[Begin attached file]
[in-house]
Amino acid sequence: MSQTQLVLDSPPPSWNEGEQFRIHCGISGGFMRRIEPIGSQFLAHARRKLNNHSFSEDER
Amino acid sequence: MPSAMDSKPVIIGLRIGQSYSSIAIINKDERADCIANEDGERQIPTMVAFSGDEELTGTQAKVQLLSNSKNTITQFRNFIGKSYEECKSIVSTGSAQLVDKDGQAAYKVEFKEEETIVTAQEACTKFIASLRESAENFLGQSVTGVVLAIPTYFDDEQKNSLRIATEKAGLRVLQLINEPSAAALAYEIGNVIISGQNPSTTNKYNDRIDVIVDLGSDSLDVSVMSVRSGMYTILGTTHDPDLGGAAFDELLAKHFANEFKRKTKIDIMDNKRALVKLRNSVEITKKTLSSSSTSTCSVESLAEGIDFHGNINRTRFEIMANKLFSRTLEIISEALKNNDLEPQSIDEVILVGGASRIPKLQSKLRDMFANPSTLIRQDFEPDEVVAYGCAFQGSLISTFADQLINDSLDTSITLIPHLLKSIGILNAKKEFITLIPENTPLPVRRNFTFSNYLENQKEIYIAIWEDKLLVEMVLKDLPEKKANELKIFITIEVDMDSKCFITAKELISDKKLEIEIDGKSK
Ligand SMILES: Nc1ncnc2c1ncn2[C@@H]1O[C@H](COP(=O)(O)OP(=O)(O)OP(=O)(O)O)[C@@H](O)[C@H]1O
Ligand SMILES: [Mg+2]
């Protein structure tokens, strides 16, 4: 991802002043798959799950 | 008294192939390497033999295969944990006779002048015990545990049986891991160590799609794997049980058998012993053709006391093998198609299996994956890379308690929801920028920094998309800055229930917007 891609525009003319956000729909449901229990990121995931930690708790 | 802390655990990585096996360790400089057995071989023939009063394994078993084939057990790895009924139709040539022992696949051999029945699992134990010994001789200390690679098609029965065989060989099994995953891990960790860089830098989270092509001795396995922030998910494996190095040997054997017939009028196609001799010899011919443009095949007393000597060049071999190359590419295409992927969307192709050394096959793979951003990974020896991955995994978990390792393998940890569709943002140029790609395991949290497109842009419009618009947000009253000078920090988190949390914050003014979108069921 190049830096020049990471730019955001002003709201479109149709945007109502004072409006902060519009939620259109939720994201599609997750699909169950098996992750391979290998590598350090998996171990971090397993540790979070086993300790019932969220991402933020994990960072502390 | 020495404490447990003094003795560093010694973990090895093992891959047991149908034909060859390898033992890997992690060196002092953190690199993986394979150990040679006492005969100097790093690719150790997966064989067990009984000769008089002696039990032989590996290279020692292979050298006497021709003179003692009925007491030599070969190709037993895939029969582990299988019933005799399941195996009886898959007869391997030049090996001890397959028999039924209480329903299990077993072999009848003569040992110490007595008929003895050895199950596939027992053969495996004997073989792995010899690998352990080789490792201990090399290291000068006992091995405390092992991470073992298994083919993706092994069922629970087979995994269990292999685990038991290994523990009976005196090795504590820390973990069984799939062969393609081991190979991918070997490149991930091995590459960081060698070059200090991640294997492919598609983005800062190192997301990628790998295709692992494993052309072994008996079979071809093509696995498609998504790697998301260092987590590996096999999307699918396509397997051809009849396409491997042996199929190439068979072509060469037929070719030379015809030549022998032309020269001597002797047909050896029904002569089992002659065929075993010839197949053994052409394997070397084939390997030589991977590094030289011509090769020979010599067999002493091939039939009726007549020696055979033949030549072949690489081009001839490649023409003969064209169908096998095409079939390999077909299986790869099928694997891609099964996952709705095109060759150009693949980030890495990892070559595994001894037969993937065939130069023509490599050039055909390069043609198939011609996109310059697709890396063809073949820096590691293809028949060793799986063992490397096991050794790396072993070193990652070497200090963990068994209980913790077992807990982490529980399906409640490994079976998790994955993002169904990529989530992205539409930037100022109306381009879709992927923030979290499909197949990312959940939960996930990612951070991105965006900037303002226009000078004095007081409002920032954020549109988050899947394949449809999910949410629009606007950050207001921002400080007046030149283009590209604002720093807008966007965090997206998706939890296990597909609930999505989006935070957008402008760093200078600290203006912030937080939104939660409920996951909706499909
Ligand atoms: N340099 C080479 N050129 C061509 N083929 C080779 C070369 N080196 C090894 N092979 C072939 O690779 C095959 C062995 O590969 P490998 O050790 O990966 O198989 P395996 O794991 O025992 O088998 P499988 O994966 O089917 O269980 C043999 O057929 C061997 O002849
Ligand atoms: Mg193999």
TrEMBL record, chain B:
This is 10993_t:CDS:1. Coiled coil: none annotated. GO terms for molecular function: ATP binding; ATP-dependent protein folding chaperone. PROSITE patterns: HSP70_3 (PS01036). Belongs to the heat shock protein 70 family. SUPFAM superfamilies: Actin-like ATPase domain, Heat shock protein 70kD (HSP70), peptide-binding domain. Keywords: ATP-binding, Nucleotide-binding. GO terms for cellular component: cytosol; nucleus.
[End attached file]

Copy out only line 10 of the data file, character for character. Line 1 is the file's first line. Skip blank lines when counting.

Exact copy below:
This is 10993_t:CDS:1. Coiled coil: none annotated. GO terms for molecular function: ATP binding; ATP-dependent protein folding chaperone. PROSITE patterns: HSP70_3 (PS01036). Belongs to the heat shock protein 70 family. SUPFAM superfamilies: Actin-like ATPase domain, Heat shock protein 70kD (HSP70), peptide-binding domain. Keywords: ATP-binding, Nucleotide-binding. GO terms for cellular component: cytosol; nucleus.